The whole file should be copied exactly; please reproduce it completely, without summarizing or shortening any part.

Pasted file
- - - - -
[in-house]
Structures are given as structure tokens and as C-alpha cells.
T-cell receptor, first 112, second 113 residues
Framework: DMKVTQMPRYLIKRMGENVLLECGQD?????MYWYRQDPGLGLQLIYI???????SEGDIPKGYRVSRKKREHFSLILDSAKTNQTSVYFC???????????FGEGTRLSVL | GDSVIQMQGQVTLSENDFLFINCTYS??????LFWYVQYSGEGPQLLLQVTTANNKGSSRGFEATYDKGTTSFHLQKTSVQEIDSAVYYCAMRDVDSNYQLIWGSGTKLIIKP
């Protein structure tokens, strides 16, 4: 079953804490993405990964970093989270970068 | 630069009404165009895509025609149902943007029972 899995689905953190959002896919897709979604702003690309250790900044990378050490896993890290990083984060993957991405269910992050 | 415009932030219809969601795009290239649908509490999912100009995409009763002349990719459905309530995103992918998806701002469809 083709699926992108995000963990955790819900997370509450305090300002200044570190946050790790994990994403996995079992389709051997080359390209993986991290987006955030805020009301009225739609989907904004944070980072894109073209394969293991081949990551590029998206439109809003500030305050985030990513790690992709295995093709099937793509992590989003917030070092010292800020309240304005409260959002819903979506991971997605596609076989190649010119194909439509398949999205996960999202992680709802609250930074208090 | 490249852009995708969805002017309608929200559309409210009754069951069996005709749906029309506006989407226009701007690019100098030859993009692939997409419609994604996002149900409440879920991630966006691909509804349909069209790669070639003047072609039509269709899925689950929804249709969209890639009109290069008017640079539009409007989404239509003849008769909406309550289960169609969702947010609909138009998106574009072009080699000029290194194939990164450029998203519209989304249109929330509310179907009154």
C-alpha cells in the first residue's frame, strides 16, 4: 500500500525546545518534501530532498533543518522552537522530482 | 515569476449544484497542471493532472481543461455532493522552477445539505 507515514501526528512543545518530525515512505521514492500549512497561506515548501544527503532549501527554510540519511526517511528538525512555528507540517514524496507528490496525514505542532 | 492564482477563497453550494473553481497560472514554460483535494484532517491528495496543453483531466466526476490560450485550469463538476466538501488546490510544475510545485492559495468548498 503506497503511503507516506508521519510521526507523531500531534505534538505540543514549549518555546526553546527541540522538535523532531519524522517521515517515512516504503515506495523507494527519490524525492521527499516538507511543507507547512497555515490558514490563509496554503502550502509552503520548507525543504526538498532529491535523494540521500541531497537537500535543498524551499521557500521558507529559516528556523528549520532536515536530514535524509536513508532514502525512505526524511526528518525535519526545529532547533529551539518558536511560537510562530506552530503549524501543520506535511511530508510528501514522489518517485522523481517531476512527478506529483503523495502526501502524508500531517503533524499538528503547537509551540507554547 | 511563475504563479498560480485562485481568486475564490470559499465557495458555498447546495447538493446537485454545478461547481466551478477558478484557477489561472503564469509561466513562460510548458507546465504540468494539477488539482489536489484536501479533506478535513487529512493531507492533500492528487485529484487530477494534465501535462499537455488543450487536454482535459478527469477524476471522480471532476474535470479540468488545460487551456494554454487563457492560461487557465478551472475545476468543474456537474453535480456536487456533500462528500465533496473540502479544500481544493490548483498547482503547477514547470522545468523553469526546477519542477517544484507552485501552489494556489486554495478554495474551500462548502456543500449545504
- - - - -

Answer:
[in-house]
Structures are given as structure tokens and as C-alpha cells.
T-cell receptor, first 112, second 113 residues
Framework: DMKVTQMPRYLIKRMGENVLLECGQD?????MYWYRQDPGLGLQLIYI???????SEGDIPKGYRVSRKKREHFSLILDSAKTNQTSVYFC???????????FGEGTRLSVL | GDSVIQMQGQVTLSENDFLFINCTYS??????LFWYVQYSGEGPQLLLQVTTANNKGSSRGFEATYDKGTTSFHLQKTSVQEIDSAVYYCAMRDVDSNYQLIWGSGTKLIIKP
């Protein structure tokens, strides 16, 4: 079953804490993405990964970093989270970068 | 630069009404165009895509025609149902943007029972 899995689905953190959002896919897709979604702003690309250790900044990378050490896993890290990083984060993957991405269910992050 | 415009932030219809969601795009290239649908509490999912100009995409009763002349990719459905309530995103992918998806701002469809 083709699926992108995000963990955790819900997370509450305090300002200044570190946050790790994990994403996995079992389709051997080359390209993986991290987006955030805020009301009225739609989907904004944070980072894109073209394969293991081949990551590029998206439109809003500030305050985030990513790690992709295995093709099937793509992590989003917030070092010292800020309240304005409260959002819903979506991971997605596609076989190649010119194909439509398949999205996960999202992680709802609250930074208090 | 490249852009995708969805002017309608929200559309409210009754069951069996005709749906029309506006989407226009701007690019100098030859993009692939997409419609994604996002149900409440879920991630966006691909509804349909069209790669070639003047072609039509269709899925689950929804249709969209890639009109290069008017640079539009409007989404239509003849008769909406309550289960169609969702947010609909138009998106574009072009080699000029290194194939990164450029998203519209989304249109929330509310179907009154």
C-alpha cells in the first residue's frame, strides 16, 4: 500500500525546545518534501530532498533543518522552537522530482 | 515569476449544484497542471493532472481543461455532493522552477445539505 507515514501526528512543545518530525515512505521514492500549512497561506515548501544527503532549501527554510540519511526517511528538525512555528507540517514524496507528490496525514505542532 | 492564482477563497453550494473553481497560472514554460483535494484532517491528495496543453483531466466526476490560450485550469463538476466538501488546490510544475510545485492559495468548498 503506497503511503507516506508521519510521526507523531500531534505534538505540543514549549518555546526553546527541540522538535523532531519524522517521515517515512516504503515506495523507494527519490524525492521527499516538507511543507507547512497555515490558514490563509496554503502550502509552503520548507525543504526538498532529491535523494540521500541531497537537500535543498524551499521557500521558507529559516528556523528549520532536515536530514535524509536513508532514502525512505526524511526528518525535519526545529532547533529551539518558536511560537510562530506552530503549524501543520506535511511530508510528501514522489518517485522523481517531476512527478506529483503523495502526501502524508500531517503533524499538528503547537509551540507554547 | 511563475504563479498560480485562485481568486475564490470559499465557495458555498447546495447538493446537485454545478461547481466551478477558478484557477489561472503564469509561466513562460510548458507546465504540468494539477488539482489536489484536501479533506478535513487529512493531507492533500492528487485529484487530477494534465501535462499537455488543450487536454482535459478527469477524476471522480471532476474535470479540468488545460487551456494554454487563457492560461487557465478551472475545476468543474456537474453535480456536487456533500462528500465533496473540502479544500481544493490548483498547482503547477514547470522545468523553469526546477519542477517544484507552485501552489494556489486554495478554495474551500462548502456543500449545504